Syria conflict: Shells hit Russian embassy compound
Two shells have struck the Russian embassy compound in the Syrian capital Damascus as hundreds of pro-government supporters rallied outside in support of Russian air strikes.
No-one was killed but a BBC Arabic correspondent in Damascus says some people were injured.
The explosions triggered widespread panic and smoke was seen coming from the embassy compound.
Russian Foreign Minister Sergei Lavrov described it as "a terrorist attack".
"This is... most likely intended to intimidate supporters of the fight against terror and prevent them from prevailing in the struggle against extremists," he said.
"Together with the Syrian authorities, we are now trying to establish those responsible."
Moments before, demonstrators had been waving Russian flags and holding up photographs of Russian President Vladimir Putin, witnesses said.
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The close ties behind Russia's intervention
Rebel forces based in the suburbs of Damascus have previously targeted the embassy. Last month, Russia demanded "concrete action" after a missile struck the embassy compound.
One person was killed in May when mortar rounds landed near the embassy, and three people were hurt in April when mortars exploded inside the compound.
Russia began its campaign of air strikes in Syria late last month.
The Kremlin says it is attacking the Islamic State (IS) group and other jihadists, but the US says other rebel groups opposed to President Bashar al-Assad - an ally of Russia - have been targeted.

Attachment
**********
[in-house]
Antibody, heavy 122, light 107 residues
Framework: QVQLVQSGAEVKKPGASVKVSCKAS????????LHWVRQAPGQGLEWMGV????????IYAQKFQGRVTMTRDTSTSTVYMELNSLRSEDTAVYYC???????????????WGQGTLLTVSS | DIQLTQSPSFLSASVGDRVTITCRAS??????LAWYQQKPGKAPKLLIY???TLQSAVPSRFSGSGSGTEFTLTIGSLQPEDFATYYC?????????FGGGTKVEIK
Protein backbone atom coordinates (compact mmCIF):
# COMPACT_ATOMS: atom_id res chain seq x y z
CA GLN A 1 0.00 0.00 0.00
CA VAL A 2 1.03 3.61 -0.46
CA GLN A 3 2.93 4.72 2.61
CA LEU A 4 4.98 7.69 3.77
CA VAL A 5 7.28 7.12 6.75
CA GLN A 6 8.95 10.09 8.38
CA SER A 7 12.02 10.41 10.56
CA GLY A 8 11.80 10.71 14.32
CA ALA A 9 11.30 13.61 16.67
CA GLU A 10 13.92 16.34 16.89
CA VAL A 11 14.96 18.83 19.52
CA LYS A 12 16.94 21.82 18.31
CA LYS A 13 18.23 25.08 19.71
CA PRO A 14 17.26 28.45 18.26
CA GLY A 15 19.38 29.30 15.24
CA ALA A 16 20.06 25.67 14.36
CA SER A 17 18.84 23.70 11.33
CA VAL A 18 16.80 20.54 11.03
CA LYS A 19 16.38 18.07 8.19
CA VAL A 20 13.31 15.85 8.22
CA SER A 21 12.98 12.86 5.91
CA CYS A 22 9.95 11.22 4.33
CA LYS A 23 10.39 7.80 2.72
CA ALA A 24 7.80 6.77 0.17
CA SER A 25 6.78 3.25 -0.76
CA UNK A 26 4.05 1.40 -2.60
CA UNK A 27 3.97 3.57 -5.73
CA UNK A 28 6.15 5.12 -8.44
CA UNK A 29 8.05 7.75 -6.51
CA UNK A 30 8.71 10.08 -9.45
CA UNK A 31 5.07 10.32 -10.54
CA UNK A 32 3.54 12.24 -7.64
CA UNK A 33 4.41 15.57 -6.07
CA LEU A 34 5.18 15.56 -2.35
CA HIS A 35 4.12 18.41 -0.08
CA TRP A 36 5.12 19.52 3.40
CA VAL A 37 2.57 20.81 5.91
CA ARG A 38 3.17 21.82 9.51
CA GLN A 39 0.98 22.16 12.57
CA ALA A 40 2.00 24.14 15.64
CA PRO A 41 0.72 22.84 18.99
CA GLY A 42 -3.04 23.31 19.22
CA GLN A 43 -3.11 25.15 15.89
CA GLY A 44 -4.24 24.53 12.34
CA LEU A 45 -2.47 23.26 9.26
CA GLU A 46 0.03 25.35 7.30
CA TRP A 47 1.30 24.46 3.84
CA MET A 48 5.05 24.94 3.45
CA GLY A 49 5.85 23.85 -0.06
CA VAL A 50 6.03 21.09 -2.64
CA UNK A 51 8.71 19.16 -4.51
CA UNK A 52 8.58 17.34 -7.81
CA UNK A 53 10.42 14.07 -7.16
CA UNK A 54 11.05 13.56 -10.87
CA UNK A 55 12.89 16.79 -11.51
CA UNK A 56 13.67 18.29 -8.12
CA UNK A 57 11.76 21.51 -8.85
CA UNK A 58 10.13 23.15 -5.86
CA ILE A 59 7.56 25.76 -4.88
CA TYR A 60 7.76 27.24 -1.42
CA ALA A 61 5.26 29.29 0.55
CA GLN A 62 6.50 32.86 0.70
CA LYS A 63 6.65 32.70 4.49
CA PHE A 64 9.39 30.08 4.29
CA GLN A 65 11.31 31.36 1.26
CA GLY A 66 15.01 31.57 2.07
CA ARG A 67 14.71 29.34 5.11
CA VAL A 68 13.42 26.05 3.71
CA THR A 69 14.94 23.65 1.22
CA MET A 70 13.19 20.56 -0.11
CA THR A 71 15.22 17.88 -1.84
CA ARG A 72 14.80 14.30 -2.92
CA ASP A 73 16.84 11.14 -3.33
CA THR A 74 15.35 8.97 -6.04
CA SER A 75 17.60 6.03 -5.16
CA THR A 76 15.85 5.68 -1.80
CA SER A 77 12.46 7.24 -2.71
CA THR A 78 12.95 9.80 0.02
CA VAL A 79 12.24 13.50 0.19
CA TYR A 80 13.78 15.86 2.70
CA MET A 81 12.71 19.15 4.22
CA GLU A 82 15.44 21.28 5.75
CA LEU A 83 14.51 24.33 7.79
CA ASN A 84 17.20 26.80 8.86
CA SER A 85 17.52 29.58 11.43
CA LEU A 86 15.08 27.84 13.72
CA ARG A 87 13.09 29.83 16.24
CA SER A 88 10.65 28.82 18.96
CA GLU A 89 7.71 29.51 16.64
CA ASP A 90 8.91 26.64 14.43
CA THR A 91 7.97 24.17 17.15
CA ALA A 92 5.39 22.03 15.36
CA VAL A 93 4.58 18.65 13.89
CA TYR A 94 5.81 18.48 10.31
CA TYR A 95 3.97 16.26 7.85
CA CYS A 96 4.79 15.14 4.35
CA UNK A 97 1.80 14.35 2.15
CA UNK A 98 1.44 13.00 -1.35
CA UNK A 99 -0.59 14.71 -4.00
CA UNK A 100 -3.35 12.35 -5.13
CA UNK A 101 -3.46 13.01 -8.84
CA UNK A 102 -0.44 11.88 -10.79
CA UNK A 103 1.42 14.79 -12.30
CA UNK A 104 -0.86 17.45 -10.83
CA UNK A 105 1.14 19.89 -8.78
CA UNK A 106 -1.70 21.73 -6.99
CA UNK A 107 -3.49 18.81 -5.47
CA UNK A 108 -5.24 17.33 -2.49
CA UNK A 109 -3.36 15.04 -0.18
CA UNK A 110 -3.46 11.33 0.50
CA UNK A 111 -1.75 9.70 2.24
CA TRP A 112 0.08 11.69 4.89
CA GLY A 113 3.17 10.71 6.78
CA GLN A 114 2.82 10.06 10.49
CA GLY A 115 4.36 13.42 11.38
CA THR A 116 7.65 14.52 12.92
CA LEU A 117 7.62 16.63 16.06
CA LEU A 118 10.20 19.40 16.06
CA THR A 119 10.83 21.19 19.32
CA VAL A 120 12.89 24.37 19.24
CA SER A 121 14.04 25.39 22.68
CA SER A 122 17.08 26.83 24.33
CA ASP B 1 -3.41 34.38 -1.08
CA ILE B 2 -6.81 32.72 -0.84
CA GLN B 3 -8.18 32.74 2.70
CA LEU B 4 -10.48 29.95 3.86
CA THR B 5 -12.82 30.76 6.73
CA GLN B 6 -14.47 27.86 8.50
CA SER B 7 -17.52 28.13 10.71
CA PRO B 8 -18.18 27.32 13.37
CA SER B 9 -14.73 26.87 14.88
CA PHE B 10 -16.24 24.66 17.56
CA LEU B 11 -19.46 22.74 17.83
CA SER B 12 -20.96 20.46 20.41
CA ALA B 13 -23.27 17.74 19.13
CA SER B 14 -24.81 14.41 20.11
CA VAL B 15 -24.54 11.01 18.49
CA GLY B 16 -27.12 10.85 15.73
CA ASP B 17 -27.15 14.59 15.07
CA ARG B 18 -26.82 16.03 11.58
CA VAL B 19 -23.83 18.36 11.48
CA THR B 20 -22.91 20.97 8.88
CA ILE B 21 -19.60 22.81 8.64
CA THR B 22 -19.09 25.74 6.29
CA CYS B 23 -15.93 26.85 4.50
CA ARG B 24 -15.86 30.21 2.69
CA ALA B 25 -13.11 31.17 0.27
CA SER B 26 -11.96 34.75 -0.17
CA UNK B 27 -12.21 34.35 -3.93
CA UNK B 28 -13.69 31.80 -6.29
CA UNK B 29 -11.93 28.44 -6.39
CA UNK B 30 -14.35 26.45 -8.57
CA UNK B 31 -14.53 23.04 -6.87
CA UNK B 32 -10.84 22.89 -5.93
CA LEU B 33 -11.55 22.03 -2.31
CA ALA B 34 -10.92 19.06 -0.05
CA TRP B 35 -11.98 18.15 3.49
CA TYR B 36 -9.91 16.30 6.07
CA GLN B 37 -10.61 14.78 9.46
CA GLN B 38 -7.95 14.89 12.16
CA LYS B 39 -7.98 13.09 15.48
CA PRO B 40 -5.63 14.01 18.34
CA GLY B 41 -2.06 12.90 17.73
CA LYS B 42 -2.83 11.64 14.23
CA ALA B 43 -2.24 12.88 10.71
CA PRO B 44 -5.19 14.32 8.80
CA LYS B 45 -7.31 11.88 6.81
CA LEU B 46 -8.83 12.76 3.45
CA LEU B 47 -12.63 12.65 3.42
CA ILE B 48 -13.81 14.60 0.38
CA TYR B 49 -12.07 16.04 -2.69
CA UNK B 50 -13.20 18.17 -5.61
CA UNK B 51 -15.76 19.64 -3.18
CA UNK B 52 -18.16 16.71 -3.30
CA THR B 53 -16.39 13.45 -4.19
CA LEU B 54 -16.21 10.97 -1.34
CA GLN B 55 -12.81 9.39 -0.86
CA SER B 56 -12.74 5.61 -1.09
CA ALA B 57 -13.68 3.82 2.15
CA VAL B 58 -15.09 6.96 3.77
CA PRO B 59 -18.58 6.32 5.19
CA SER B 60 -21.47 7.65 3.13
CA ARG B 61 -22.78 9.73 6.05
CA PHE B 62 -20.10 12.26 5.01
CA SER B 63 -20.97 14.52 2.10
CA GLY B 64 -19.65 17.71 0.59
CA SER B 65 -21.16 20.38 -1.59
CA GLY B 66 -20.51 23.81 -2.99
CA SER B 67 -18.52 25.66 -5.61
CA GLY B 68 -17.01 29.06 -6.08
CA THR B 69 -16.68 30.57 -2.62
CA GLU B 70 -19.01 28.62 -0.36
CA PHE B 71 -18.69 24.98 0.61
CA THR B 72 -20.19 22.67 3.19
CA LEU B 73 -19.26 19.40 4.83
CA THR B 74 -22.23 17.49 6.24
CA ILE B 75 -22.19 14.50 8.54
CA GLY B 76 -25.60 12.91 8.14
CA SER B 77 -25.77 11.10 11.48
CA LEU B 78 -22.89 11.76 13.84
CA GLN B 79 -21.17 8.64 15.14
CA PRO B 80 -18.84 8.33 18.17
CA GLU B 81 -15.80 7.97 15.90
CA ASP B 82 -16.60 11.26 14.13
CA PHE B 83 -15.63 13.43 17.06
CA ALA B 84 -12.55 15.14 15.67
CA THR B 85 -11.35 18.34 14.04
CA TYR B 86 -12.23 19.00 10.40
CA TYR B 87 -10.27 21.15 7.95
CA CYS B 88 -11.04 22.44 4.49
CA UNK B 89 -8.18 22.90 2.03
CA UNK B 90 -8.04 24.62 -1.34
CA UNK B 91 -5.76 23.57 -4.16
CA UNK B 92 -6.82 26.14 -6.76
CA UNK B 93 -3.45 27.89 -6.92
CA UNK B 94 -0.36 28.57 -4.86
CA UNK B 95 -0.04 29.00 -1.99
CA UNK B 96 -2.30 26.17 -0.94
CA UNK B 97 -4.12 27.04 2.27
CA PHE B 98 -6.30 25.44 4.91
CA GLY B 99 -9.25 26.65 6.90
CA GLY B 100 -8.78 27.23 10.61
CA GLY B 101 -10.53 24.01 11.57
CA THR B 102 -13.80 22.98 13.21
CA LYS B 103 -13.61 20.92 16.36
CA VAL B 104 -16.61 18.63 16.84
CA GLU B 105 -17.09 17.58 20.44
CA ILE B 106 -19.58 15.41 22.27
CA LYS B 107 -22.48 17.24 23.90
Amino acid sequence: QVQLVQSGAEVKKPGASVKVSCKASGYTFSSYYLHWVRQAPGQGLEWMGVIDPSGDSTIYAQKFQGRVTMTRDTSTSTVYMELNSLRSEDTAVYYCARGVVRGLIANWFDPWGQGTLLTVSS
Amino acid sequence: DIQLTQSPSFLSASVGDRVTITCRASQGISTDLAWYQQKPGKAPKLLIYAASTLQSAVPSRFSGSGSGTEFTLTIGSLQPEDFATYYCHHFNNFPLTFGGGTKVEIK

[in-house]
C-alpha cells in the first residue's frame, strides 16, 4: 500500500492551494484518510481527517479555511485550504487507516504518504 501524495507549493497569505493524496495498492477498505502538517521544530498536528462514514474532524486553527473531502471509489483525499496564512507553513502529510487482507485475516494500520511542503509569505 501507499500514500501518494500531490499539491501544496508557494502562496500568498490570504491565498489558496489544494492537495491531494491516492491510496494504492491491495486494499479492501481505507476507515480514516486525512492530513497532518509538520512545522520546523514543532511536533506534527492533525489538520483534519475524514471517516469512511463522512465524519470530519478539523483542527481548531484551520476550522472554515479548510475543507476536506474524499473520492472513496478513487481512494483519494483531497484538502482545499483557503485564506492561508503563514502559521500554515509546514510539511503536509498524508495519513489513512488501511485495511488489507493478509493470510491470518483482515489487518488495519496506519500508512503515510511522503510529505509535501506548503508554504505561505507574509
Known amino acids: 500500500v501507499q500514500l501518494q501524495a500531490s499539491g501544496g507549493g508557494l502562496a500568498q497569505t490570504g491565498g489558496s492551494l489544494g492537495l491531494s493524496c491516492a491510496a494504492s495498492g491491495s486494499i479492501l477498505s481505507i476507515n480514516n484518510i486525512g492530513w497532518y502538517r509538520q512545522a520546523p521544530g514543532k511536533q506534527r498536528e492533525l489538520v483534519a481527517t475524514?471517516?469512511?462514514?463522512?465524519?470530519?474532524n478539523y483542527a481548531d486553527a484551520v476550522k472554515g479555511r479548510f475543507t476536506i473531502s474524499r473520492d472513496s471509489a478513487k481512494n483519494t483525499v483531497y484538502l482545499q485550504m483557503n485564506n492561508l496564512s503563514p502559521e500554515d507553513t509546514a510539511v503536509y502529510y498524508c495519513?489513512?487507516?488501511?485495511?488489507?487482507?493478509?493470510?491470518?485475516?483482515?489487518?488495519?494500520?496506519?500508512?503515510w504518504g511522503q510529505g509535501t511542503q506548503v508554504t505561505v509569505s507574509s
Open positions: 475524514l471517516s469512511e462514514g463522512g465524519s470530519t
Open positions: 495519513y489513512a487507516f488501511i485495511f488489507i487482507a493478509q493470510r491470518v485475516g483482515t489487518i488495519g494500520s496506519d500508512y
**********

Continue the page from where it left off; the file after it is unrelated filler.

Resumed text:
A US military spokesman said American and Russian jets came within kilometres of each other over Syria on Saturday, at around the same time both countries' officials held talks over how to avoid conflict.
Threats to Russia
In a 40-minute message released on Monday, Abu-Muhammad al-Adnani, an IS spokesman, confirmed the death of the group's second-in-command, Fadhil Ahmad al-Hayal. The US had declared him dead in August after an air strike in Iraq
Adnani also called on Muslims to join a jihad against the US and Russia. It is the first time the group has made threats against Russia.
On Monday, the head of the al-Nusra Front - a branch of al-Qaeda in Syria - described Russia's intervention as "a new crusade".
Abu Mohammad al-Golani called on rebel groups to unite in the wake of the air strikes and also urged Muslims in the Russian Caucasus to attack civilians there.
In another development on Tuesday, a report by Amnesty International accused Kurdish forces in northern Syria of carrying out a wave of forced displacements and mass house demolitions that amounted to war crimes.
It said the Popular Protection Units (YPG) had razed entire villages after capturing them from IS.
The YPG has consistently denied accusations of forced displacements.